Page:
Strange Tales From The Road (STFTR 001-008)
Disc 1 (70:38): C’mon Everybody, Whole Lotta Love, Communication Breakdown, Something Else, Bring It On Home, How Many More Times (Royal Albert Hall, January 9, 1970), The Song Remains the Same/Sick Again, Nobody’s Fault But Mine (Chicago, April 9, 1977)
Disc 2 (61:20): Since I’ve Been Loving You, No Quarter, Ten Years Gone (Chicago, April 9, 1977), Who’s To Blame, Carole’s Theme (Death Wish II soundtrack), Merry Hopkins Never Had Days Like These (B side of PJ Proby single), The Song Remains the Same/Sick Again, Nobody’s Fault But Mine (Tampa, June 3, 1977)
Disc 3 (61:21): The Song Remains the Same/Sick Again, Nobody’s Fault But Mine, Over The Hills and Far Away, Since I’ve Been Loving You, No Quarter (New York, June 14, 1977)
Disc 4 (51:39): Ten Years Gone, The Battle of Evermore, Going to California, Black Country Woman/Bron-Y-Aur Stomp, White Summer/Black Mountain Side/Kashmir (New York, June 14, 1977)
Disc 5 (65:30): Bring It on Home, How Long, Got My Money, Stormy Monday, Splanky, Big Boss Man, Whole Lot of Energy, Love & Money, Invitation, Jimmy Page solo, King Of All I Survey (Nottingham, June 5, 1984)
Disc 6 (22:45): Got My Mojo Working, Every Day I Got the Blues, Hoochie Koochie Man (Nottingham, June 5, 1984)
Disc 7 (37:52): White Summer/Black Mountain Side, Kashmir, Achilles Last Stand, Stairway to Heaven (May? Sept?, 1980)
Disc 8 (49:29): Santa Claus Is Back in Town (NBC studio, Christmas 1984), Spaghetti Junction (Scream For Help soundtrack), Black Dog, That’s The Way, Dazed and Confused (Osaka, September 29, 1971)
This is a straight transfer of the old vinyl set onto compact disc, this is a laudable effort for those of us who were never able to obtain this on vinyl. The only part which is not sourced from the original vinyl is the Royal Albert Hall material, which comes from the soundboard that surfaced in the mid-nineties.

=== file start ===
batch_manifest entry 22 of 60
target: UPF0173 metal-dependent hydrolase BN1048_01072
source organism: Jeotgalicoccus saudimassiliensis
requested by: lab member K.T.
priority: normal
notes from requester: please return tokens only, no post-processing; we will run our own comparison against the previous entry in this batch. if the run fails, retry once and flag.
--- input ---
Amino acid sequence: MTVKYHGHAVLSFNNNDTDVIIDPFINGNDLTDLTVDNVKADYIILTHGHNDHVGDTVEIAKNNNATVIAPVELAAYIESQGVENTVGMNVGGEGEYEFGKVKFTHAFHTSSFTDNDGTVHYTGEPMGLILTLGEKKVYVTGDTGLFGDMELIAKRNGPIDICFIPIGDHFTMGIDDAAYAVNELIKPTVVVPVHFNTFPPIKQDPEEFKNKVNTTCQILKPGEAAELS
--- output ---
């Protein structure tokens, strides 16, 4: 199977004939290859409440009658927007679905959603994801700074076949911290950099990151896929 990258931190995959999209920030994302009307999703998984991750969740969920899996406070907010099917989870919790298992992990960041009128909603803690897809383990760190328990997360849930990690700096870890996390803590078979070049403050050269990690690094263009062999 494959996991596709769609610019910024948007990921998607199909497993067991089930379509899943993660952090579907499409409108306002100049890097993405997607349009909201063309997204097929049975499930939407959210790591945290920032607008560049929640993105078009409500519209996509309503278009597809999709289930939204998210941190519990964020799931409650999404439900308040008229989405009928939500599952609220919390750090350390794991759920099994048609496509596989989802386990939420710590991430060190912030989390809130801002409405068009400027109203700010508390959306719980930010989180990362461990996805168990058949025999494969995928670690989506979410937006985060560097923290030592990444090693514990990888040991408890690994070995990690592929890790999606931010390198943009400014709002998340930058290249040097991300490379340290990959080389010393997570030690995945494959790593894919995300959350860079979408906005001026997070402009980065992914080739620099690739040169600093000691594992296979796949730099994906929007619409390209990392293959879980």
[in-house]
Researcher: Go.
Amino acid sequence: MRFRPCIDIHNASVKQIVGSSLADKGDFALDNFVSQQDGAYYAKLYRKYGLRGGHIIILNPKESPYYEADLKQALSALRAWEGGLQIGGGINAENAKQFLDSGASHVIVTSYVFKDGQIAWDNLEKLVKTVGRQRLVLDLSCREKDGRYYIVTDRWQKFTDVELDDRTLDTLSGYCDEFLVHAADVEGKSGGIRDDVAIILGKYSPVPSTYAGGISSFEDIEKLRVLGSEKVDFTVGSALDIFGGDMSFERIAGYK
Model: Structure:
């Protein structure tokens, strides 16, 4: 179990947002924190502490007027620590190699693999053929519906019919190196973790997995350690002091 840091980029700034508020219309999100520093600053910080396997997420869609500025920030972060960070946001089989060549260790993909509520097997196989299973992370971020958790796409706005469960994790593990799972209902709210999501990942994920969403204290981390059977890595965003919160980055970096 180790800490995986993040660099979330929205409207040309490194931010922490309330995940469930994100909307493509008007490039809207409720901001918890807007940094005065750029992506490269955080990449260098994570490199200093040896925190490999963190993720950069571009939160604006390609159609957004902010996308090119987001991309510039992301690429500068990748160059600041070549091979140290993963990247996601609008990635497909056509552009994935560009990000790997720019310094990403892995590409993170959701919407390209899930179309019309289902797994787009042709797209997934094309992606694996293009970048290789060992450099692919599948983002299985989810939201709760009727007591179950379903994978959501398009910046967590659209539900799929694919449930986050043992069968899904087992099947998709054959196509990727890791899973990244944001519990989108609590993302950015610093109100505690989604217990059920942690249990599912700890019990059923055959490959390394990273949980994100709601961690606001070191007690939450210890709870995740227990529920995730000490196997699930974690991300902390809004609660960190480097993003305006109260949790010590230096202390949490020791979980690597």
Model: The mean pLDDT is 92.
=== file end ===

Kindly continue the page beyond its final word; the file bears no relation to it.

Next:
This is a joint project between TDOLZ and The Smokin’ Pig, and it sounds as if they found the noisiest vinyl copy they could find. The pops and the clicks become irritating after a while. And did they have to take this so literally? Instead of just copying the vinyl release, couldn’t they have maybe expanded on the concept? Maybe include other “strange tales” which came to light since the original release, like the Nuremberg show in 1980, or the Milan show from 1971?
That aside, it is interesting to hear some of these shows. The Chicago tape, which was cancelled after Jimmy Page collapsed from food poisoning, is very interesting. It really shows that, despite Page’s ill health, it still sounds decent! They use only the older tape source which misses Plant’s and Richard Cole’s announcements. The Tampa show is the one which was rained out after three songs, and the taper running for cover is audible.
The New York material from June 14 was previously released in Tarantura’s A Week For Badgeholders where it is used for the June 22nd, Los Angeles concert. The playing is inspiring, but the only thing “strange” is the human heartbeat you hear at the end of the “No Quarter” solo. But this is still one of the only ways to get this show on silver disc. The best part of the set is on discs 5 and 6, where Jimmy Page plays in the Alexis Light Orchestra for the Alexis Korner tribute broadcast on Radio Trent. We hear a band composed of Ian Stewart, Jack Bruce, Charlie Watts and others playing blues and jazz standards.If you liked this review, buy me a cup of joe. (Suggested: $3 a shot or $7.5 for a double)